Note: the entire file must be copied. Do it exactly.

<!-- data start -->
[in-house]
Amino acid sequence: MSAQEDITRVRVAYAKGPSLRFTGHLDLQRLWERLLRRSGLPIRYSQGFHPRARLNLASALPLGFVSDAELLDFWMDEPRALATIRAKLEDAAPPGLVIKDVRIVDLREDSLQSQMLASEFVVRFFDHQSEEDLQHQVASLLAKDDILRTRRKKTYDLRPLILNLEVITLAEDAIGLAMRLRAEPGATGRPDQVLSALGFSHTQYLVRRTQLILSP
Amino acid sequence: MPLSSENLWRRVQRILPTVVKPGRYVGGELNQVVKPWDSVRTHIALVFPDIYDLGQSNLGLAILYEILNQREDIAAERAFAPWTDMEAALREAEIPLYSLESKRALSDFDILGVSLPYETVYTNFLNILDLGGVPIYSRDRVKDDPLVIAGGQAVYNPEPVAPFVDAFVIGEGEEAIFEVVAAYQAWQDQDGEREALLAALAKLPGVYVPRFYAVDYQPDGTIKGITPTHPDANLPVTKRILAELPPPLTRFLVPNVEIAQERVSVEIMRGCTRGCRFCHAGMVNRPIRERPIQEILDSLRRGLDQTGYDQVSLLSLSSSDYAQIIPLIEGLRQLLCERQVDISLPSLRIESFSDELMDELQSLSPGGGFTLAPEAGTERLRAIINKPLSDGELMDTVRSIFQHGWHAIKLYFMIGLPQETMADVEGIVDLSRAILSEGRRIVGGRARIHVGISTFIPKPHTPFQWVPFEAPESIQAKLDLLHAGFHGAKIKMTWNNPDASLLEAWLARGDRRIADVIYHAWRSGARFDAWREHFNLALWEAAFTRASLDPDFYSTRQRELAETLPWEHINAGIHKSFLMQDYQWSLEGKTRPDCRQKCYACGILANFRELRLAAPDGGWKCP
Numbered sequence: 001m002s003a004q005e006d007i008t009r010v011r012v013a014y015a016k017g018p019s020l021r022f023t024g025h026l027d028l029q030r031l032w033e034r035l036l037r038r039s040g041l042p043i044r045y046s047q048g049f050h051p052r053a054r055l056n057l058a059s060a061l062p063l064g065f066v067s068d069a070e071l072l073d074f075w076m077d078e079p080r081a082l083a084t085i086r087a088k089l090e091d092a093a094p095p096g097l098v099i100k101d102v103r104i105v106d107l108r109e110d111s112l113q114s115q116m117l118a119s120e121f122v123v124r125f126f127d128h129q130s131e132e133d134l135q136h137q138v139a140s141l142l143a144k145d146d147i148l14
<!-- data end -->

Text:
[in-house]
Amino acid sequence: MSAQEDITRVRVAYAKGPSLRFTGHLDLQRLWERLLRRSGLPIRYSQGFHPRARLNLASALPLGFVSDAELLDFWMDEPRALATIRAKLEDAAPPGLVIKDVRIVDLREDSLQSQMLASEFVVRFFDHQSEEDLQHQVASLLAKDDILRTRRKKTYDLRPLILNLEVITLAEDAIGLAMRLRAEPGATGRPDQVLSALGFSHTQYLVRRTQLILSP
Amino acid sequence: MPLSSENLWRRVQRILPTVVKPGRYVGGELNQVVKPWDSVRTHIALVFPDIYDLGQSNLGLAILYEILNQREDIAAERAFAPWTDMEAALREAEIPLYSLESKRALSDFDILGVSLPYETVYTNFLNILDLGGVPIYSRDRVKDDPLVIAGGQAVYNPEPVAPFVDAFVIGEGEEAIFEVVAAYQAWQDQDGEREALLAALAKLPGVYVPRFYAVDYQPDGTIKGITPTHPDANLPVTKRILAELPPPLTRFLVPNVEIAQERVSVEIMRGCTRGCRFCHAGMVNRPIRERPIQEILDSLRRGLDQTGYDQVSLLSLSSSDYAQIIPLIEGLRQLLCERQVDISLPSLRIESFSDELMDELQSLSPGGGFTLAPEAGTERLRAIINKPLSDGELMDTVRSIFQHGWHAIKLYFMIGLPQETMADVEGIVDLSRAILSEGRRIVGGRARIHVGISTFIPKPHTPFQWVPFEAPESIQAKLDLLHAGFHGAKIKMTWNNPDASLLEAWLARGDRRIADVIYHAWRSGARFDAWREHFNLALWEAAFTRASLDPDFYSTRQRELAETLPWEHINAGIHKSFLMQDYQWSLEGKTRPDCRQKCYACGILANFRELRLAAPDGGWKCP
Numbered sequence: 001m002s003a004q005e006d007i008t009r010v011r012v013a014y015a016k017g018p019s020l021r022f023t024g025h026l027d028l029q030r031l032w033e034r035l036l037r038r039s040g041l042p043i044r045y046s047q048g049f050h051p052r053a054r055l056n057l058a059s060a061l062p063l064g065f066v067s068d069a070e071l072l073d074f075w076m077d078e079p080r081a082l083a084t085i086r087a088k089l090e091d092a093a094p095p096g097l098v099i100k101d102v103r104i105v106d107l108r109e110d111s112l113q114s115q116m117l118a119s120e121f122v123v124r125f126f127d128h129q130s131e132e133d134l135q136h137q138v139a140s141l142l143a144k145d146d147i148l14